SpaceX Launch Fails
SpaceX Falcon 9 test rocket seen at Cape Canaveral Air Force Station in Florida on May 18, 2012. Reuters

Private rocket company SpaceX was forced to abort the launch of its Dragon space capsule on Saturday because of an engine glitch in its Falcon 9 rocket.

SpaceX's unmanned Dragon Cargo ship was scheduled to take off from the launch pad at the Cape Canaveral Air Force Station in Florida at 4:55 a.m. EDT.

An onboard computer sensor initiated an automatic abortion of the launch when it identified slightly high combustion chamber pressure on one of its rocket engines, just two minutes before the launch, NASA officials said.

Due to the technical requirements, the next launch will have to wait for a minimum of three days. Will adjust limits for countdown in a few days, SpaceX's founder Elon Musk said in a Twitter update from the SpaceX Mission Control facility in California. According to the SpaceX officials, the launch has been postponed to 3:22 p.m. EDT May 23.

In a live media briefing on NASA TV, SpaceX officials said that the engineers were looking into the problem. We detected something was wrong with one of the limits on one of the rocket's nine engines, they said.

The California-based company will be the first private aerospace company to send supply craft to the International Space Station. Only governmental space agencies from the U.S., Russia, Europe and Japan have sent supply crafts to the ISS so far. The Dragon's cargo included food and crew provisions, utilization payloads, cargo bags, four computers and supplies.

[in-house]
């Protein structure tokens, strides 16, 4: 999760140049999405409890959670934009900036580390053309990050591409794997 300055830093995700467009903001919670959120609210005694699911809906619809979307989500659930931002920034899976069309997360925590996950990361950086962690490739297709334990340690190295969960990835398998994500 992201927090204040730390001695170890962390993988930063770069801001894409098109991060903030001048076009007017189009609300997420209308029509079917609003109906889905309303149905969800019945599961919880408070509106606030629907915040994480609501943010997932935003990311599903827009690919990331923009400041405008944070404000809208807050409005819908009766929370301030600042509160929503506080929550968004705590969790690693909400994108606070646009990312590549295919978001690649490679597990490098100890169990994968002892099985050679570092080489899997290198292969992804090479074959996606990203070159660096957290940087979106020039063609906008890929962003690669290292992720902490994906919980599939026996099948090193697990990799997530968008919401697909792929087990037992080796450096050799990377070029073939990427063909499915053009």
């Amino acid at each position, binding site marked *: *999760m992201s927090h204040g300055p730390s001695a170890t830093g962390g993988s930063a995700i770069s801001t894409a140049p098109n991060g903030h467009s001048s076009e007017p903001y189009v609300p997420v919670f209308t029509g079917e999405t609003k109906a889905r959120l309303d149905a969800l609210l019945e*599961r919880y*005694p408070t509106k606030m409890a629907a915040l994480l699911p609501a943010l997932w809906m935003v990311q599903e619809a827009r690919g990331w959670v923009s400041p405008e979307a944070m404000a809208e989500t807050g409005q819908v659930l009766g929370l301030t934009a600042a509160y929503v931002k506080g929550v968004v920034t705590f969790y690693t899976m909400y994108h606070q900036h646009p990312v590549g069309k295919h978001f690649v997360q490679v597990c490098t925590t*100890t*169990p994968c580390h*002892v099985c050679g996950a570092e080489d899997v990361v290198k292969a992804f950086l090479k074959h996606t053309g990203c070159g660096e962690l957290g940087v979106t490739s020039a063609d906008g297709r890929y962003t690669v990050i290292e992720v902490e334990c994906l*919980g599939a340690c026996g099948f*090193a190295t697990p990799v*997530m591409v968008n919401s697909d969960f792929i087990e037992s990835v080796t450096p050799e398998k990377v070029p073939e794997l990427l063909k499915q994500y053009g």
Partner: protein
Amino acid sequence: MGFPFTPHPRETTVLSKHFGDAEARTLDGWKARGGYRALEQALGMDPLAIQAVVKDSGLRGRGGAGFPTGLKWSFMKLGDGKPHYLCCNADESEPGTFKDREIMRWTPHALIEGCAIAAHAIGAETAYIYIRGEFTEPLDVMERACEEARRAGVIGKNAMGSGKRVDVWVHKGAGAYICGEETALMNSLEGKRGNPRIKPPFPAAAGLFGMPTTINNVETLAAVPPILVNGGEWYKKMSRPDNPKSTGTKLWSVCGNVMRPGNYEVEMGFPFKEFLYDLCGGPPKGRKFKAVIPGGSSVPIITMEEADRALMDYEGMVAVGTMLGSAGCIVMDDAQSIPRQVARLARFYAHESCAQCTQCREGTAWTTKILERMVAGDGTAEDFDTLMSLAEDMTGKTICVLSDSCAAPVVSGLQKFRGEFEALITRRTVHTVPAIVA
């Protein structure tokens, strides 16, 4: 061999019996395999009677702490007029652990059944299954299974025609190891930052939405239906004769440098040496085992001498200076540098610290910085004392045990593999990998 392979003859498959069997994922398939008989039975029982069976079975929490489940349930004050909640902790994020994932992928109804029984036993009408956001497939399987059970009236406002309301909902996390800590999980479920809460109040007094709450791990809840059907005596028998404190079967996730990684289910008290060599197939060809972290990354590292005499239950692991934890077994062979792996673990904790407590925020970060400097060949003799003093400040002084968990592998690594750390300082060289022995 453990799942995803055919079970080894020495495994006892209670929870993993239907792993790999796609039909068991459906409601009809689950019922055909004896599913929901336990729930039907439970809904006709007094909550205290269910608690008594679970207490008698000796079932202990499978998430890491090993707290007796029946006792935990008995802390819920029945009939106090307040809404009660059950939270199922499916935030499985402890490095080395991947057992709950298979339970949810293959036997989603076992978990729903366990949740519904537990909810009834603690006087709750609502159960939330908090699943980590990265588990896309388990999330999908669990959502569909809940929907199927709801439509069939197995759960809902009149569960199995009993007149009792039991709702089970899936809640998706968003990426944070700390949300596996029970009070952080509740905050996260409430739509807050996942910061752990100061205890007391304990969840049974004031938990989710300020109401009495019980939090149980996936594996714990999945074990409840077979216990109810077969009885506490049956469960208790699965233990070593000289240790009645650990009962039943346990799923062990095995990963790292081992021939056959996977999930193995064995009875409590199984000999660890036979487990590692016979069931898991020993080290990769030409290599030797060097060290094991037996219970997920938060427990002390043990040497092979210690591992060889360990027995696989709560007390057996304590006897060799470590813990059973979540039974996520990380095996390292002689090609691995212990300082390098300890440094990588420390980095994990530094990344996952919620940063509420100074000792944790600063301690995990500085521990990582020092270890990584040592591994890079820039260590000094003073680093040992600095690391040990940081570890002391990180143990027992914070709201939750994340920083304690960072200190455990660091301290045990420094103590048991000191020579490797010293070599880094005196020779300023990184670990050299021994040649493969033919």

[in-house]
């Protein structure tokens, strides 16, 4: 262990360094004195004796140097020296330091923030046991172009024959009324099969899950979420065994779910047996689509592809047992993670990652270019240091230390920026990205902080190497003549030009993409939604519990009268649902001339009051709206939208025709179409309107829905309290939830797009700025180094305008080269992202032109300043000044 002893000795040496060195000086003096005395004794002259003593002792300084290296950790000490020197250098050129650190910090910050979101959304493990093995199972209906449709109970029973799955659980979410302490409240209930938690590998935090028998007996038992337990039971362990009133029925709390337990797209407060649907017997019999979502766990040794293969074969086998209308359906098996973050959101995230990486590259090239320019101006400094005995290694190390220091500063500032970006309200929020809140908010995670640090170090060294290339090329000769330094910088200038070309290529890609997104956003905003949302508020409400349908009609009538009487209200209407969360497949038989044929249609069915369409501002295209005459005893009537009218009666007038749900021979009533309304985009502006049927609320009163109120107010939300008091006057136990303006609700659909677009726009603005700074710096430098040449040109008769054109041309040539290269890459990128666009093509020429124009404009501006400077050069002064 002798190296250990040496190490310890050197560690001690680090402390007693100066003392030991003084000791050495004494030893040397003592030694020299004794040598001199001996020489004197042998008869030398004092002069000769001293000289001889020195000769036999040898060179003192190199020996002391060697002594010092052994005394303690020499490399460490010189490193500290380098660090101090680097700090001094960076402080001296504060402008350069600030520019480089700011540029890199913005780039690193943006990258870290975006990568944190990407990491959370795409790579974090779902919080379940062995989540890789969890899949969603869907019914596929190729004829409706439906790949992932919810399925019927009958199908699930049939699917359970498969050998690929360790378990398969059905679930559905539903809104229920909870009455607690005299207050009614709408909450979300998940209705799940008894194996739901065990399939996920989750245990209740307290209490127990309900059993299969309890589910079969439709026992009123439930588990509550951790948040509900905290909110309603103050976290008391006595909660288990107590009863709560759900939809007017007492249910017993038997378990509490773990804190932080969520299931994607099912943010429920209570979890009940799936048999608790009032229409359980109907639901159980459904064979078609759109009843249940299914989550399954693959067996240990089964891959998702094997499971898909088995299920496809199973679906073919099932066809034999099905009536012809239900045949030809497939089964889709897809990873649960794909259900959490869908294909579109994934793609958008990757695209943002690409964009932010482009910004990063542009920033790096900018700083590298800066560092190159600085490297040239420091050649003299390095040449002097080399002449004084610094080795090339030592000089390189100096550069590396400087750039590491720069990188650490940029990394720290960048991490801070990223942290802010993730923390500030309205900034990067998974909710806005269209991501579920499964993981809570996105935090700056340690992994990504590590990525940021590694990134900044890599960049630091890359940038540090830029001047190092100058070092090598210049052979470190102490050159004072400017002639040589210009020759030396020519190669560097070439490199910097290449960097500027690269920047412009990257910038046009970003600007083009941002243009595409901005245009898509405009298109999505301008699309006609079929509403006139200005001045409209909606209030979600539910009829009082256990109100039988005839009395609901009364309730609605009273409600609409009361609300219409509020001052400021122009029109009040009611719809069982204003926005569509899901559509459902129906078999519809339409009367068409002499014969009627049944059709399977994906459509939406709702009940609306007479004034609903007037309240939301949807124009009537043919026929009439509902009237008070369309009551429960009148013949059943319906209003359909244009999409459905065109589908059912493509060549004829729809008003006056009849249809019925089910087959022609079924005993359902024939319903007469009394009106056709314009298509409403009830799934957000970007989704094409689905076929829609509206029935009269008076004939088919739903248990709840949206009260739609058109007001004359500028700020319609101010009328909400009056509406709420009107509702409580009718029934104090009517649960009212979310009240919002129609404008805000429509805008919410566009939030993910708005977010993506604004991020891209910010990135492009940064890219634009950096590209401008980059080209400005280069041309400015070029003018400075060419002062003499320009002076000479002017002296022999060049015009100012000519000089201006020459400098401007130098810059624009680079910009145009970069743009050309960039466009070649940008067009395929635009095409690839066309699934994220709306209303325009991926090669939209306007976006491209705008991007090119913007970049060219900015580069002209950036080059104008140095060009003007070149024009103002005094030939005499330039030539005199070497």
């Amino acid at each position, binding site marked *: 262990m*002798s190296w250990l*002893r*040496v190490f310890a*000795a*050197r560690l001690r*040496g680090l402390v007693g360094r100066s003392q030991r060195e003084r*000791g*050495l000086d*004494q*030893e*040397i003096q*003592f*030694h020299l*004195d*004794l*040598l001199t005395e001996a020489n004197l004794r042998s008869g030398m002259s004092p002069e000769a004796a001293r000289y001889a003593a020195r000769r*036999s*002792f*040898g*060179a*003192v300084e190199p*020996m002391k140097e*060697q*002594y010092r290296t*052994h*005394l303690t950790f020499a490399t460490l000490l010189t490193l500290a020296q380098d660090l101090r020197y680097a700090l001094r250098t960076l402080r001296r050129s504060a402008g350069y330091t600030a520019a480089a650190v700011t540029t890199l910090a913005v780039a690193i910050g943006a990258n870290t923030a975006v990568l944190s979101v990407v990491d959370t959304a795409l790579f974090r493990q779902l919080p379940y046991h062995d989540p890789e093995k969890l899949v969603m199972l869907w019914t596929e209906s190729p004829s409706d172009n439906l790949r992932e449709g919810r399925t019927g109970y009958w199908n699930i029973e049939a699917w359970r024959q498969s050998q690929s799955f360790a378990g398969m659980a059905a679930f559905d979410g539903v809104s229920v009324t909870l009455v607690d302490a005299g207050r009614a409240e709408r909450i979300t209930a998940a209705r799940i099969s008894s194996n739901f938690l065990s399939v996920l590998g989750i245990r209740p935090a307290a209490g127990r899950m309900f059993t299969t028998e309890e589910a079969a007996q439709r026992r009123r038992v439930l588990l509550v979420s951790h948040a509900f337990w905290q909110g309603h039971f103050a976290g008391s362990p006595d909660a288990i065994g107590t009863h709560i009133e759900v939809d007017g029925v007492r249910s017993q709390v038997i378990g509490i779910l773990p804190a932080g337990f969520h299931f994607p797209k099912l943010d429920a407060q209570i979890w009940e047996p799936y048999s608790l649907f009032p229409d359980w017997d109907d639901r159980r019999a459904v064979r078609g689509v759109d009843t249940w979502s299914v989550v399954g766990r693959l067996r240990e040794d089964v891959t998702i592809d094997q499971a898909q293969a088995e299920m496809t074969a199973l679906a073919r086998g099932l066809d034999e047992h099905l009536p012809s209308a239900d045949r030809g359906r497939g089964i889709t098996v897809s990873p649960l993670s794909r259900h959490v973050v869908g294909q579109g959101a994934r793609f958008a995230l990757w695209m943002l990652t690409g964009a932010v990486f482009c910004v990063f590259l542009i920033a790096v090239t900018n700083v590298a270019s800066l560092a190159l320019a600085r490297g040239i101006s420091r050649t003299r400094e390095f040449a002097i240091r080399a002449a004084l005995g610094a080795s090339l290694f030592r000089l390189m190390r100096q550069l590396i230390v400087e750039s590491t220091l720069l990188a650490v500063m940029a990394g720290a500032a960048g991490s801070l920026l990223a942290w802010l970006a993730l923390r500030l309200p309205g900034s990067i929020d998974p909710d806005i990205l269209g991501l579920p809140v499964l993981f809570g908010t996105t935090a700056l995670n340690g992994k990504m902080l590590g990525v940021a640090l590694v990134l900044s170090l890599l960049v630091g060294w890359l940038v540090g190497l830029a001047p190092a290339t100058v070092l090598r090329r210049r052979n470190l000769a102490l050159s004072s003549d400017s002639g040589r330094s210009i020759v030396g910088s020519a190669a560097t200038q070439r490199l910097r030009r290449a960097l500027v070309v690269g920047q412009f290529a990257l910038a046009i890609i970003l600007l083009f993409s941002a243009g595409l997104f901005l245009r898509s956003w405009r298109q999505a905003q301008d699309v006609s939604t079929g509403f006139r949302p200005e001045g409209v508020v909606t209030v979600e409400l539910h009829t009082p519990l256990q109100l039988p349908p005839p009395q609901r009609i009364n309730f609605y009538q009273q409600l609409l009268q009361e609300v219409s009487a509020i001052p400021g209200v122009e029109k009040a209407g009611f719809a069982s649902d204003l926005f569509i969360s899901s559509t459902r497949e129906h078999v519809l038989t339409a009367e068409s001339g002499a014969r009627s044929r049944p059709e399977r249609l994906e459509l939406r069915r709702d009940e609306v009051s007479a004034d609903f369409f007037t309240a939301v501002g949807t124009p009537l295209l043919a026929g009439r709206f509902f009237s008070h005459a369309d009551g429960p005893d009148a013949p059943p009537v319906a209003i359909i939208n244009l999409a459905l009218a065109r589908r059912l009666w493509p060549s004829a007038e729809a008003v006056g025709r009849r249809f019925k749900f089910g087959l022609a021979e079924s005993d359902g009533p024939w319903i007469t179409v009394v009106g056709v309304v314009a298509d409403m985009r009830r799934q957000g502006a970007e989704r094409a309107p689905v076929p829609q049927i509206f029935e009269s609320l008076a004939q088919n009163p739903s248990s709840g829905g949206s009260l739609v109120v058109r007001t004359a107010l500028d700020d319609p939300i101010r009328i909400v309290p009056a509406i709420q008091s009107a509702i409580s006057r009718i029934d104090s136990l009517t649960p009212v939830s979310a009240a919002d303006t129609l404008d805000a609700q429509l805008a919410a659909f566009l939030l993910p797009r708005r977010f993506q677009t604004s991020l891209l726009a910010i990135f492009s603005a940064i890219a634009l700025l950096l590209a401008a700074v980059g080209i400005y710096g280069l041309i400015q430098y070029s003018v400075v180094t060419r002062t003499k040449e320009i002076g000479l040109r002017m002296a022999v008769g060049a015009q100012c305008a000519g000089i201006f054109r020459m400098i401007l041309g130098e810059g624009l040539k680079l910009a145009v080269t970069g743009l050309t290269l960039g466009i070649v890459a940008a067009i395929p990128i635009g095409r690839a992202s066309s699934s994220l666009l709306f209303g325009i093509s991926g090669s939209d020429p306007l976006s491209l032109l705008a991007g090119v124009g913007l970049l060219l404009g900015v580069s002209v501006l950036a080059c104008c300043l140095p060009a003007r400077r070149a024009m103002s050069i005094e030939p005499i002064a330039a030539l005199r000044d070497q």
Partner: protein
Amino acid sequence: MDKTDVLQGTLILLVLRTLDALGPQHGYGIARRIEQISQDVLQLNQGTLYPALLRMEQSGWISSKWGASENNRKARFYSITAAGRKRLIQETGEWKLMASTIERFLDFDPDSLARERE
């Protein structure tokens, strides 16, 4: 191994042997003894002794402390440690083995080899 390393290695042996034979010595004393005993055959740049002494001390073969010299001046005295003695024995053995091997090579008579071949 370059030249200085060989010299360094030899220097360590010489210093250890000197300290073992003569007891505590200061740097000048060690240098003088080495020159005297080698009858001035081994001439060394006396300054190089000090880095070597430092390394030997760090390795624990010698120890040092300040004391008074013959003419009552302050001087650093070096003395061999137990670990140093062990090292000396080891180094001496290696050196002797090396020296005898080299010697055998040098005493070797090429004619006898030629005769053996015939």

SpaceX is one of the two private firms that received billion dollars in funding from NASA to supply food and equipment stocks to the ISS. The other firm, Orbital Sciences Corp., plans to launch its vehicles later this year.

SpaceX's Dragon capsule, initiated in 2005, is a free-flying, reusable spacecraft developed under NASA's Commercial Orbital Transportation Services (COTS) program. It currently launched as an unmanned vehicle, but it is designed to ferry astronauts and space tourists to the space station and back in the future.

In December 2008, NASA announced its plan to make use of SpaceX's Falcon 9 launch vehicle and Dragon spacecraft for resupply missions to the ISS once the space shuttles were retired. According to the SpaceX website, the $1.6 billion contract with NASA represents a minimum of 12 flights, with an option to order additional missions for a cumulative total contract value of up to $3.1 billion.